As someone who always has a book “on the go”, someone who goes restless when she reaches the final chapter of a book without having a new one lined up ready to devour, I read a lot of ok-ish, average books. Books that have a good storyline, preferably a dark scandi-suspense-whodunnit – but above all, books that slot into to my daily routine of reading before turning the lights off at night.
As such, it’s not often that a book grabs me, takes me by the throat and keeps smouldering long after I finished it.
Eleanor Oliphant is completely fine did just that.
The central character of Eleanor is a slightly odd, scarred-faced, plastic bag- clutching person who hides from all social interaction and when she does need to speak, she is too eloquent, too formal and to matter-of-fact for people to warm to her. Her entire existence is clear, orderly and empty. She works all week, goes home on a Friday night, heats up a Tesco pizza, drinks two bottles of vodka and speaks to nobody until Monday morning comes round again.
Reading the first couple of chapters, I felt deeply sorry for her profound loneliness. But Eleanor is also extremely hilarious and had me laughing out loud numerous times!!
This is her going for her first ever bikini wax:
Now then, what are we doing today?
As I said, a bikini wax, please.
Yes, sorry, I meant what kind of wax would you like?
Just the usual kind…the candle kind?
What shape? You’ve got French, Brazilian or Hollywood.
I pondered. I ran the words through my mind again, over and over, the same technique I used for solving crossword anagrams, waiting for the letters to settle into a pattern. French, Brazilian, Hollywood…French, Brazilian, Hollywood…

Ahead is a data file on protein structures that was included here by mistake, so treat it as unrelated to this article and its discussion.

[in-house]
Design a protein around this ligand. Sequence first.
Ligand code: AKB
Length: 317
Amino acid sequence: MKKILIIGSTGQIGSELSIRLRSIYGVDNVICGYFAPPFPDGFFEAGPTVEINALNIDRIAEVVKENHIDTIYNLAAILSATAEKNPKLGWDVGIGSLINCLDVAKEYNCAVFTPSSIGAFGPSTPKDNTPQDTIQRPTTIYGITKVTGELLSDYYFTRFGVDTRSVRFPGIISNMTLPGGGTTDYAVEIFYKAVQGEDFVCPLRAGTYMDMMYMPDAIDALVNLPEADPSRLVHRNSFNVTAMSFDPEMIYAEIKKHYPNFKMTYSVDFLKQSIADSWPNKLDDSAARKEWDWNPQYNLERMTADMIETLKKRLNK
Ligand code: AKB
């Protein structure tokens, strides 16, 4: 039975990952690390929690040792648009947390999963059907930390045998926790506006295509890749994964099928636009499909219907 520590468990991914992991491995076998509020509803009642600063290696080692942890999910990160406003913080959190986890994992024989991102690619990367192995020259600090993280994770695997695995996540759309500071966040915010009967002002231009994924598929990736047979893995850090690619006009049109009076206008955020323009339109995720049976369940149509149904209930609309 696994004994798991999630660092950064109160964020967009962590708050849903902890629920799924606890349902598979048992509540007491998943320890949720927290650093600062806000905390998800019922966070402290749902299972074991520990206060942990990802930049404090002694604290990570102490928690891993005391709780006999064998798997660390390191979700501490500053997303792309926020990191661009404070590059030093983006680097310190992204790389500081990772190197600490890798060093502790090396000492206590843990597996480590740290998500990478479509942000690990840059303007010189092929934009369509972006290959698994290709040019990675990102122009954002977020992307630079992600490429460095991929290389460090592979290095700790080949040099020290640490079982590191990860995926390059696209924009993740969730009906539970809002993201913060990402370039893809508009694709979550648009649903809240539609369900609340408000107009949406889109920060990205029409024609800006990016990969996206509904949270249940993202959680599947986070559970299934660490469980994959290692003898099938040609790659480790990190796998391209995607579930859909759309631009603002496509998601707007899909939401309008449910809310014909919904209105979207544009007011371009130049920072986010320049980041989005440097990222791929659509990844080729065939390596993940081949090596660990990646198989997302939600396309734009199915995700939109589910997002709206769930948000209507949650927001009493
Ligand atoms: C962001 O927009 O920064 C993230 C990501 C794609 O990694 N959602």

Hollywood*! Holly would and so would Eleanor!
*ps – with a Hollywood bikini wax ALL pubic hair is removed…until nothing is left…nothing!
What ultimately touched me so profoundly, though, is how Eleanor’s life changes through meeting someone who seems to see past all of her flaws, doesn’t mock her, is genuinely kind to her and fundamentally accepts her the way she is.
BAM! That just struck a chord with me….in a world where we have become so self-obsessed with image, persona, eating avocados and being successful and oh so smiley on Facebook and Instagram, do we even realise how judgemental a society we have become?
To accept someone is to show respect for and validation of who they are, what they do, and for the life and path they chose yet non-acceptance seems to have become the norm. We constantly try to mould other people to be more as we think they should be, to fit the norm, the set convention.
After reading the last page and closing this beautiful book, I realised I don’t take enough time to actively remind myself that every person is doing the very best that they can do under the given circumstances.
That there is power to just letting be, to accept and to feel the quiet warmth of unspoken words of another person.
So to all of you I have encountered in my life, in passing moments, work situations, friendships distant, long past or still very close … Thank You…for allowing me to be me, eye-rolling moments notwithstanding, for not judging, for laughing with me and not at me, for listening and accepting, even when disagreeing… Thank You ?
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